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Learn how objects can be captured for heritage preservation using the Artec Space Spider and Eva 3D scanners and the latest version of Artec Studio 3D scanning software.
This exciting project was initiated and overseen by Laila Kitzler Ahfeldt from the Swedish National Heritage Board. Laila and Artec 3D reseller Scan 3D innovations embarked on an amazing journey to digitally capture ancient runestones on the small Danish island of Bornholm. Located in the Baltic Sea, off the south coast of Sweden, this island has a wide variety of these remarkable historic relics in all shapes and sizes.
The runestones were scanned in high detail using Artec’s two most widely used 3D scanners. First, the stones were captured in 3D with the lightweight Eva, to get the overall dimensions and shape of the stones. Then, Space Spider was used to record the intricate details of the carvings in high resolution. Equipped with a portable battery pack, the scanning experts from Scan 3D innovations were able to scan the runestones directly onsite, both indoors and outdoors, and thanks to powerful Artec Studio software, the results were visible in real time and the 3D models were ready in soon after.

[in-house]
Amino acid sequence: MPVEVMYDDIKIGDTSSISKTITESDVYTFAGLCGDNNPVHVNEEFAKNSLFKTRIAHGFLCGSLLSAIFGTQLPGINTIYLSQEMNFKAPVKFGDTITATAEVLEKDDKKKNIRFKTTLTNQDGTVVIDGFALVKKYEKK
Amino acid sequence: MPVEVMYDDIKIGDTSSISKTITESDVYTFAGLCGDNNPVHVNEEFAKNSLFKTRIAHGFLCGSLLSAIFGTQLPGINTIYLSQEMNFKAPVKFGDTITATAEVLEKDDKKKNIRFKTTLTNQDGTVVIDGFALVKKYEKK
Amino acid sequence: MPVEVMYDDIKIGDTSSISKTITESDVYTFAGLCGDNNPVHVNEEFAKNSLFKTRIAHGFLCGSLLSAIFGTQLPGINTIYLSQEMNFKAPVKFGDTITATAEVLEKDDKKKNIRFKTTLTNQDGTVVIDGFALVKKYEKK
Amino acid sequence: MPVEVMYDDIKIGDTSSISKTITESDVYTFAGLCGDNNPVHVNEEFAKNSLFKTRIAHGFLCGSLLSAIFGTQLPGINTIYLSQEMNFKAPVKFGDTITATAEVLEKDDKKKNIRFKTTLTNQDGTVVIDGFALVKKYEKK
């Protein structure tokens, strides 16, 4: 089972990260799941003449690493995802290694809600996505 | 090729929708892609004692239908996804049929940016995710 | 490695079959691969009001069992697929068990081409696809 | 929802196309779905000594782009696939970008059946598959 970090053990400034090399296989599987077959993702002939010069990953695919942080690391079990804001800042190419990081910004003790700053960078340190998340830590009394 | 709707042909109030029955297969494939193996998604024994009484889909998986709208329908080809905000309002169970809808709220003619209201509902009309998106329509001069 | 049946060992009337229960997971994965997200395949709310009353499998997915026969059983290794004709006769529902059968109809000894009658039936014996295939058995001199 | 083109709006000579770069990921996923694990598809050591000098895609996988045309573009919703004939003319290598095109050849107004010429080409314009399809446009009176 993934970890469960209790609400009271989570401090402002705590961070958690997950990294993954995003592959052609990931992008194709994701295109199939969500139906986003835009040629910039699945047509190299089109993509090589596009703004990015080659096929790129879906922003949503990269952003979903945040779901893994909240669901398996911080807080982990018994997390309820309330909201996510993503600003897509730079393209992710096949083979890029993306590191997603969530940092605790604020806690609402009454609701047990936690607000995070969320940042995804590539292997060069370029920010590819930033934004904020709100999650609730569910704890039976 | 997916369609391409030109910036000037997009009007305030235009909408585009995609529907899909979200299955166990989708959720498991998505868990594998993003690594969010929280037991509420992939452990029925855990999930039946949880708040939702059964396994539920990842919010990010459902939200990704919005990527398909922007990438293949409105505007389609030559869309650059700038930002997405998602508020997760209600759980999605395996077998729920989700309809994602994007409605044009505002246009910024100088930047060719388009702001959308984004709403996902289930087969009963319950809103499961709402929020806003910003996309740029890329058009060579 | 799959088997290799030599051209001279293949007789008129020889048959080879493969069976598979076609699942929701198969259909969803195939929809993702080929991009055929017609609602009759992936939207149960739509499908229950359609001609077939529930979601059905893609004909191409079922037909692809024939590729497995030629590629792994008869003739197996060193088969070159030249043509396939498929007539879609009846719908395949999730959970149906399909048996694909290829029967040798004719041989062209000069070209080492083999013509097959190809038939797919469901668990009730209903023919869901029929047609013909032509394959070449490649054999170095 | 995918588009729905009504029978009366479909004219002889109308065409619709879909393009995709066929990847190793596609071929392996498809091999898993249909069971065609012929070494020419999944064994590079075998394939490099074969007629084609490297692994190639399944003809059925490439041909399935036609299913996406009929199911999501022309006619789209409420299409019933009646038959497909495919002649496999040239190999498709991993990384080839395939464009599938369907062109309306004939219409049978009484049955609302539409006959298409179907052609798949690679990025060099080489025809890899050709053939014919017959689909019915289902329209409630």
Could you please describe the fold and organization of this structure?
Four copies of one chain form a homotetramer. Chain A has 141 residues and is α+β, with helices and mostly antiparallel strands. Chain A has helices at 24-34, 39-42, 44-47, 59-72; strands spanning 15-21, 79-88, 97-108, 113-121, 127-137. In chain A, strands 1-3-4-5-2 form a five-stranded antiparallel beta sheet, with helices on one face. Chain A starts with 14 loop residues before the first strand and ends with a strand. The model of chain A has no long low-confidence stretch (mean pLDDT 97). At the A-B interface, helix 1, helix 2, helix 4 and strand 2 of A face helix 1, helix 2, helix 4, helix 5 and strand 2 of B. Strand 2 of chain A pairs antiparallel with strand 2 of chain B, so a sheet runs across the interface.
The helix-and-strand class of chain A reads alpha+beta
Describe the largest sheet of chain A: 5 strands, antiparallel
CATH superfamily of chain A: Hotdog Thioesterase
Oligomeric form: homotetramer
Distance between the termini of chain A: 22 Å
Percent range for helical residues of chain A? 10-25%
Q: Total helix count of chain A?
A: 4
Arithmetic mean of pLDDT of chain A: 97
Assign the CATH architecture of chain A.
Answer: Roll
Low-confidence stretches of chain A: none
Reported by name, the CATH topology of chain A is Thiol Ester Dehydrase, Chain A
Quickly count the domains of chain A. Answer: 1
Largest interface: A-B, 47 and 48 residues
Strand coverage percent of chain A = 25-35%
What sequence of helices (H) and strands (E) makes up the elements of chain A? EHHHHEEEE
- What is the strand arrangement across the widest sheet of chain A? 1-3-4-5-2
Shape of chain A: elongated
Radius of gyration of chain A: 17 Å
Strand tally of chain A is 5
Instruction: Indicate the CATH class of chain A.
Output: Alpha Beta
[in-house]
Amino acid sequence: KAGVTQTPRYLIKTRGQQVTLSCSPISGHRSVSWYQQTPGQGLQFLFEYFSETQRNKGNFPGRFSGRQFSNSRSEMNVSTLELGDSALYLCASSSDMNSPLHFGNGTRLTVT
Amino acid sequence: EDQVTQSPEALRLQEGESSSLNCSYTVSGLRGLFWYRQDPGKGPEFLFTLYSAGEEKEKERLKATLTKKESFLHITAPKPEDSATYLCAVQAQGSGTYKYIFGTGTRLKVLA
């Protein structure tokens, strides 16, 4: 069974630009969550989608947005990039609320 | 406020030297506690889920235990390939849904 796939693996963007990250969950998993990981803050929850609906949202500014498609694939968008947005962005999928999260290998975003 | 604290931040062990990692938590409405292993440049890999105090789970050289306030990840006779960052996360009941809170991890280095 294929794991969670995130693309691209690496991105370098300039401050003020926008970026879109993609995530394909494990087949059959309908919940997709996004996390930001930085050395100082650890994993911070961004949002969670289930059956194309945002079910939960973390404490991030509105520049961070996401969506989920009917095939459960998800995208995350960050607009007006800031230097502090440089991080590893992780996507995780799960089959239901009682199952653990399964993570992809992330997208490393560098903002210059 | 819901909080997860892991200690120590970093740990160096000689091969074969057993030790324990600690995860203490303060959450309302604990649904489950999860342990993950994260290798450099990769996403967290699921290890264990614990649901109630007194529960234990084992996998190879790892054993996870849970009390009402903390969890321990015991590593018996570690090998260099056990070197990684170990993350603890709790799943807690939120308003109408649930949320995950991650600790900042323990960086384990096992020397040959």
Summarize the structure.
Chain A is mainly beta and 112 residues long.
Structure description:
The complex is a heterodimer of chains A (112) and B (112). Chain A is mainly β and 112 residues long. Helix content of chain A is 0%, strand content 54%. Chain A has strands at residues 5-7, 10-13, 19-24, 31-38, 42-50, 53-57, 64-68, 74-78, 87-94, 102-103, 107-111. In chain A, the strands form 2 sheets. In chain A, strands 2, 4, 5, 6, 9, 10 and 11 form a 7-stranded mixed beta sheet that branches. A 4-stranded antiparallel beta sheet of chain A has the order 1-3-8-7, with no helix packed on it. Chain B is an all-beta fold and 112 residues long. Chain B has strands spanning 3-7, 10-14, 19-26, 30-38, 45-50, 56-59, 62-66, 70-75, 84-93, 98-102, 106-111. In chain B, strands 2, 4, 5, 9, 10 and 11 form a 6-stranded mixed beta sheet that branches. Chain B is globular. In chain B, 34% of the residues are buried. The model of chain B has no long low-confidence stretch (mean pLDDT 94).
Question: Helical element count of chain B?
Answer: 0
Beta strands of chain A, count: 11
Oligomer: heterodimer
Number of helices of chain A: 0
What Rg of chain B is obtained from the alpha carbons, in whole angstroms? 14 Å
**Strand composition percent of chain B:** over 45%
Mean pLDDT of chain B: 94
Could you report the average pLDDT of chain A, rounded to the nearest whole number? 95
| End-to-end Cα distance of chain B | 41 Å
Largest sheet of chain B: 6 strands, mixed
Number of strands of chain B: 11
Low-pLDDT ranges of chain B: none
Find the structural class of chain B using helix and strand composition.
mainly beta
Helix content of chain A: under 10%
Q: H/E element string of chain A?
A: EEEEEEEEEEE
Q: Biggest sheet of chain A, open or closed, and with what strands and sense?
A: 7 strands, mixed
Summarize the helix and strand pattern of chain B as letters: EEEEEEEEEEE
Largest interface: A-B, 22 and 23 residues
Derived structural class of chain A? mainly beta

According to Laila, rune carvers were the first native writers of Scandinavia, and having digital replicas of the stones is an excellent way to study the ancient carving techniques and traditions. This will also make the process of identifying the individual carvers across regions and linking different stones to them much faster and easier.
The project was a real success, despite the unstable weather conditions and the very large sizes of some of the stones (over 2m tall!). The brilliant synergy of Artec Eva and Space Spider along with Artec Studio software proved to be a very effective way of digitizing these historic runestones and preserving Scandinavia’s heritage for centuries to come.